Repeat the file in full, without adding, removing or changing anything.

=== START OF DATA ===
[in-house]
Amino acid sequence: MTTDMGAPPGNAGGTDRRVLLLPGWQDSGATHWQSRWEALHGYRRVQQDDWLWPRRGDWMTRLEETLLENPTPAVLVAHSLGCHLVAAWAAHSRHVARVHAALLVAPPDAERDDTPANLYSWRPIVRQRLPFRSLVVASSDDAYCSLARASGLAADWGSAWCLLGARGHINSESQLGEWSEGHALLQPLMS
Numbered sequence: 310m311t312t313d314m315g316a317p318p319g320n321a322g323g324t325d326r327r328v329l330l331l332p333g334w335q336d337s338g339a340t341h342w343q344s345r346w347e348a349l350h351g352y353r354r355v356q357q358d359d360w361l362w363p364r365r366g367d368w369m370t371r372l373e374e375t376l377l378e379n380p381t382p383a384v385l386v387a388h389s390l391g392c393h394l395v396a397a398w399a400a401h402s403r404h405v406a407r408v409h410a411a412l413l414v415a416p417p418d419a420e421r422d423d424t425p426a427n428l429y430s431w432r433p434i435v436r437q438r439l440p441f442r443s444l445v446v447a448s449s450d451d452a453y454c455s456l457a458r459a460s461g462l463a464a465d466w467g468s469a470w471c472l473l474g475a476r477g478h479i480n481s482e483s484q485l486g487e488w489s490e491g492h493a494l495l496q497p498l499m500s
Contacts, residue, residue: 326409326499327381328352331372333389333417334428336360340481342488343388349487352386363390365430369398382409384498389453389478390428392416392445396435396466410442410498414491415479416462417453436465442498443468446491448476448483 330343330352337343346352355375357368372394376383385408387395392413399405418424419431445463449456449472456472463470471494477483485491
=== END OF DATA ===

[in-house]
Amino acid sequence: MTTDMGAPPGNAGGTDRRVLLLPGWQDSGATHWQSRWEALHGYRRVQQDDWLWPRRGDWMTRLEETLLENPTPAVLVAHSLGCHLVAAWAAHSRHVARVHAALLVAPPDAERDDTPANLYSWRPIVRQRLPFRSLVVASSDDAYCSLARASGLAADWGSAWCLLGARGHINSESQLGEWSEGHALLQPLMS
Numbered sequence: 310m311t312t313d314m315g316a317p318p319g320n321a322g323g324t325d326r327r328v329l330l331l332p333g334w335q336d337s338g339a340t341h342w343q344s345r346w347e348a349l350h351g352y353r354r355v356q357q358d359d360w361l362w363p364r365r366g367d368w369m370t371r372l373e374e375t376l377l378e379n380p381t382p383a384v385l386v387a388h389s390l391g392c393h394l395v396a397a398w399a400a401h402s403r404h405v406a407r408v409h410a411a412l413l414v415a416p417p418d419a420e421r422d423d424t425p426a427n428l429y430s431w432r433p434i435v436r437q438r439l440p441f442r443s444l445v446v447a448s449s450d451d452a453y454c455s456l457a458r459a460s461g462l463a464a465d466w467g468s469a470w471c472l473l474g475a476r477g478h479i480n481s482e483s484q485l486g487e488w489s490e491g492h493a494l495l496q497p498l499m500s
Contacts, residue, residue: 326409326499327381328352331372333389333417334428336360340481342488343388349487352386363390365430369398382409384498389453389478390428392416392445396435396466410442410498414491415479416462417453436465442498443468446491448476448483 330343330352337343346352355375357368372394376383385408387395392413399405418424419431445463449456449472456472463470471494477483485491